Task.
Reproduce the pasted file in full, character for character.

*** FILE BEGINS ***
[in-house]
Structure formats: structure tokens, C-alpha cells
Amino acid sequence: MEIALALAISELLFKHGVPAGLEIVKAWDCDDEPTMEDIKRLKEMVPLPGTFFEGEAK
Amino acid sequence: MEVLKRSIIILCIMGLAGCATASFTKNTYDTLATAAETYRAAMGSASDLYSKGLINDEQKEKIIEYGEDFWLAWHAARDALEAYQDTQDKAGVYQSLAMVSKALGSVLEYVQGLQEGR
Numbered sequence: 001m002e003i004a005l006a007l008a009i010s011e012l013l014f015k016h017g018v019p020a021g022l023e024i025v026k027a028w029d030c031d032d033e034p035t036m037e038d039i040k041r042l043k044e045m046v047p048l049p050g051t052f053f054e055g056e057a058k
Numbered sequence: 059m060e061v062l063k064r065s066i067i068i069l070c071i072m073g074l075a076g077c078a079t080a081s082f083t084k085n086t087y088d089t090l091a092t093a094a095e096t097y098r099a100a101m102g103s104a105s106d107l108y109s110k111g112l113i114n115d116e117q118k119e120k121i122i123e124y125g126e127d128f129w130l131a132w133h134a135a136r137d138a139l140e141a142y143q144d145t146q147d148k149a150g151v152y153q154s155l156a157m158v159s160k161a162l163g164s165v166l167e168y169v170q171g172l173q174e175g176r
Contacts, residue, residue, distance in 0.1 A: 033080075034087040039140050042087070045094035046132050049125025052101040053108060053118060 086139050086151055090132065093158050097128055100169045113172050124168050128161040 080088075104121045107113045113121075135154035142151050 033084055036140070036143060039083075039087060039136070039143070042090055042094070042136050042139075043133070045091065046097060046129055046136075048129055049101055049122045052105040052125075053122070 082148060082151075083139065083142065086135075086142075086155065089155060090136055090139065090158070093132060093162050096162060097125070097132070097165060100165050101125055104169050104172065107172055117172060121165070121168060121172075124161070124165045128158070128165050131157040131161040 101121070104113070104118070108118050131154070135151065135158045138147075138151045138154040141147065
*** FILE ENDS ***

[in-house]
Structure formats: structure tokens, C-alpha cells
Amino acid sequence: MEIALALAISELLFKHGVPAGLEIVKAWDCDDEPTMEDIKRLKEMVPLPGTFFEGEAK
Amino acid sequence: MEVLKRSIIILCIMGLAGCATASFTKNTYDTLATAAETYRAAMGSASDLYSKGLINDEQKEKIIEYGEDFWLAWHAARDALEAYQDTQDKAGVYQSLAMVSKALGSVLEYVQGLQEGR
Numbered sequence: 001m002e003i004a005l006a007l008a009i010s011e012l013l014f015k016h017g018v019p020a021g022l023e024i025v026k027a028w029d030c031d032d033e034p035t036m037e038d039i040k041r042l043k044e045m046v047p048l049p050g051t052f053f054e055g056e057a058k
Numbered sequence: 059m060e061v062l063k064r065s066i067i068i069l070c071i072m073g074l075a076g077c078a079t080a081s082f083t084k085n086t087y088d089t090l091a092t093a094a095e096t097y098r099a100a101m102g103s104a105s106d107l108y109s110k111g112l113i114n115d116e117q118k119e120k121i122i123e124y125g126e127d128f129w130l131a132w133h134a135a136r137d138a139l140e141a142y143q144d145t146q147d148k149a150g151v152y153q154s155l156a157m158v159s160k161a162l163g164s165v166l167e168y169v170q171g172l173q174e175g176r
Contacts, residue, residue, distance in 0.1 A: 033080075034087040039140050042087070045094035046132050049125025052101040053108060053118060 086139050086151055090132065093158050097128055100169045113172050124168050128161040 080088075104121045107113045113121075135154035142151050 033084055036140070036143060039083075039087060039136070039143070042090055042094070042136050042139075043133070045091065046097060046129055046136075048129055049101055049122045052105040052125075053122070 082148060082151075083139065083142065086135075086142075086155065089155060090136055090139065090158070093132060093162050096162060097125070097132070097165060100165050101125055104169050104172065107172055117172060121165070121168060121172075124161070124165045128158070128165050131157040131161040 101121070104113070104118070108118050131154070135151065135158045138147075138151045138154040141147065